The FJUHSD trustees held a special meeting/public forum on January 4, to decide whether to redraw the five electoral districts covering the Fullerton Joint Unified High School District area. They invited Dr. Justin Levitt of National Demographics Corporation to return and present any updated information to the 2020 Census data that he previously presented last October. The high school district has the opportunity to reevaluate FJUHSD’s election districted areas every ten years based on national census data. Dr. Levitt reported that October’s preliminary census data show a 7.2% deviation from the original demographics and is still well below the 10% deviation threshold that triggers an automatic redistricting response. After receiving no public comments and discussing the cost of redrawing the map with the low likelihood of any real changes, the Trustees voted 5-0 to maintain the current district boundaries for the next decade.
The trustees will spend less than $8,000 for basic demographer and lawyers’ fees to refile the current map with the State. The map was created in 2016 under Dr. Levitt’s guidance with multiple stakeholder input from community members, parents, and the 2016 FJUHSD Board members. It follows all the federal and state voter rights laws and each election area is directly answerable to at least two of the eight district high schools. The map reflects the district according to equity of population (not equal number of voters), including compact and contiguous districting boundaries, no racial gerrymandering, and respectful of community voting interests. The district map filing deadline is March 1 and would cost the district over $25,000 for any changes to the district boundaries. These boundaries will remain until 2032 when the 2030 census provides new data.
Separating the FJUHSD community into electoral districts potentially makes it easier for new members who reflect their community to sit on the board. The caveat to this development is that once elected, these trustees are answerable to the entire FJUHSD community. The FJUHSD open enrollment system allows any qualified residential student to attend any FJUHSD school they choose (transportation not included). This allows the district to offer more extensive academic and Career Technical Education (CTE) academy offerings throughout all school sites. The policy recognizes the fact that the district’s over 13,500 students have unique needs and allows the students to become active partners in their education while preparing for adulthood choices in vocational and higher learning.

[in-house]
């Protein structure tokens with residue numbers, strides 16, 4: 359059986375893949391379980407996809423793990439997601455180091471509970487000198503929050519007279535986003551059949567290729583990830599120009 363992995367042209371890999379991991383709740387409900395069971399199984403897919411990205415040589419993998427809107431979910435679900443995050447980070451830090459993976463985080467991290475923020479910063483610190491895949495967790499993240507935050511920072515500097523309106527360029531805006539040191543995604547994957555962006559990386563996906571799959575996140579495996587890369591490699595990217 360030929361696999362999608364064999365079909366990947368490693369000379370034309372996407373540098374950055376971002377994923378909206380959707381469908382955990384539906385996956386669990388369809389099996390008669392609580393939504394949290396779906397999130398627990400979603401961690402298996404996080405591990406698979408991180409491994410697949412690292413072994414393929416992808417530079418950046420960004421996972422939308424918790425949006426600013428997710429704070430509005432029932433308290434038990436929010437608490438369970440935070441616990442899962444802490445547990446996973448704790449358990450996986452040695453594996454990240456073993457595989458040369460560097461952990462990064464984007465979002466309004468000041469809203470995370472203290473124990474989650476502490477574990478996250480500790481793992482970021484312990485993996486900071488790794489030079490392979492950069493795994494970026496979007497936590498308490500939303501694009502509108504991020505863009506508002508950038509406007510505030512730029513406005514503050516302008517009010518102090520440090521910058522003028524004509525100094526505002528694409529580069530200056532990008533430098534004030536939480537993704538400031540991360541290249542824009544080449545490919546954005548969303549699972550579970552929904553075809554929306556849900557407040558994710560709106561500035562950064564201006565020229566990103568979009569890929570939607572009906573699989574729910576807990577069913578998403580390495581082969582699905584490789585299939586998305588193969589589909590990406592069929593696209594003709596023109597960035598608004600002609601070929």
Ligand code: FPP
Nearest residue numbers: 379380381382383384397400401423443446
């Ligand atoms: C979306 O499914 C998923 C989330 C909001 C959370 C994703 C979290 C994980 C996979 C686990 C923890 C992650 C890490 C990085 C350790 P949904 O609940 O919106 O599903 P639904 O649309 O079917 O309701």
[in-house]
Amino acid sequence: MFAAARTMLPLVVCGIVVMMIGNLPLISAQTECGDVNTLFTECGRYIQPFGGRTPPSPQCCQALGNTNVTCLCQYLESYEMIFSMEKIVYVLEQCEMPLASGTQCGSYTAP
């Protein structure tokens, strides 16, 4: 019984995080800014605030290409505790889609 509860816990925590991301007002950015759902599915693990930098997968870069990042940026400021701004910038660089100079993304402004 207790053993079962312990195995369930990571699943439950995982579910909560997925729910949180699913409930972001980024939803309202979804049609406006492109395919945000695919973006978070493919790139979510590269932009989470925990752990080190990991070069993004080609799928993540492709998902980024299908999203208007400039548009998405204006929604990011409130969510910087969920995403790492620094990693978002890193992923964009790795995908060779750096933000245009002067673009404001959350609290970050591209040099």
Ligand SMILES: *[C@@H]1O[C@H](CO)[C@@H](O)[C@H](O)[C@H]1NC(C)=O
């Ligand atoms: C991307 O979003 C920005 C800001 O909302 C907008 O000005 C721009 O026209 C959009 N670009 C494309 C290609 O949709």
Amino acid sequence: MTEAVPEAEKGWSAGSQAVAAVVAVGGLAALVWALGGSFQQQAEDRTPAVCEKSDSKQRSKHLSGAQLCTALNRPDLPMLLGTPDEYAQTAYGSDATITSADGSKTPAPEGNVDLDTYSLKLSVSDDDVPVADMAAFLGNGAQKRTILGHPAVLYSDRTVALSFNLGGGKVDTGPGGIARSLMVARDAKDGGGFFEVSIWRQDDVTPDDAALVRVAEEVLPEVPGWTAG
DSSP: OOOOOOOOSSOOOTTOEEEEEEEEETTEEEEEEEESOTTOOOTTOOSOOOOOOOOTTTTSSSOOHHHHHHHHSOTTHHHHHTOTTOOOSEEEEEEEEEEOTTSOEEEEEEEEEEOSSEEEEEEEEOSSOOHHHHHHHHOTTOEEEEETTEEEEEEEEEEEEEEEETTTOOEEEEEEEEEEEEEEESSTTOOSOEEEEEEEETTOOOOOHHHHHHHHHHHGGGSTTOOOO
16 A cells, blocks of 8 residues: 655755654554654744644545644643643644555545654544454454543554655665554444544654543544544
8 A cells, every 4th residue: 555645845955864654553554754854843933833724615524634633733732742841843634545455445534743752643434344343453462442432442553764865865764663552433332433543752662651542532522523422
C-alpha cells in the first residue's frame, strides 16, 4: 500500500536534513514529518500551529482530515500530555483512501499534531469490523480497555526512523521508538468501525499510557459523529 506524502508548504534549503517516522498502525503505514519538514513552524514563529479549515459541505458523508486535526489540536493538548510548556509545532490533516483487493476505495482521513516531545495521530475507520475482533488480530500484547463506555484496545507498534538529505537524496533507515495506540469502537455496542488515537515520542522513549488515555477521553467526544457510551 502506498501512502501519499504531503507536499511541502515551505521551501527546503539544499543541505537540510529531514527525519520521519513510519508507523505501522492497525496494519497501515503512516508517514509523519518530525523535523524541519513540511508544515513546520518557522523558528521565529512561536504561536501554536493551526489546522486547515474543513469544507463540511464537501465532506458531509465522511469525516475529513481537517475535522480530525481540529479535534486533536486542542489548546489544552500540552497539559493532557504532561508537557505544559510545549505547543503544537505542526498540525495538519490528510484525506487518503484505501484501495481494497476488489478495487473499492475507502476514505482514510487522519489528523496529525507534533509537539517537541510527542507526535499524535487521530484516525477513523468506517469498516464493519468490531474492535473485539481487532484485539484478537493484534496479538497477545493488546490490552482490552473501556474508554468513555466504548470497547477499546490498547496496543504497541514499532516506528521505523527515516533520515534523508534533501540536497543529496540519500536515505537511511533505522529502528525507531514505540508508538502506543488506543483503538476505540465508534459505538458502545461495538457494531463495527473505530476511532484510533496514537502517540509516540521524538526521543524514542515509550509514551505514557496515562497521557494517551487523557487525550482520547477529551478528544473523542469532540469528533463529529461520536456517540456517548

The FJUHSD electoral map on the website looks very different from both the Fullerton city district map and the Fullerton (Elementary) School District areas. This is because the FJUHSD does not follow Fullerton’s city boundaries and includes areas of Whittier, La Habra, La Habra Heights, La Mirada, and Buena Park as well as Fullerton. Demographically, ethnic and racial communities may not be separated to split their vote (defined under gerrymandering), so Latino- and Asian-concentrated populated areas must also be considered. In the FJUHSD, three major racial/ethnic areas were identified through the census information. There are also the traditional districting principles such as communities of interest to be considered. These are areas that demographically vote in similar ways and through this data indicate similar interests. The electoral districts need to be compact and contiguous, meaning that the areas include people who see themselves as part of the same community. Factoring all the laws and community interests into account can lead to unusual bird’s eye viewed maps, but the high school district map has held up to two elections so far and will now be used for an additional decade to decide the district’s future trustees.
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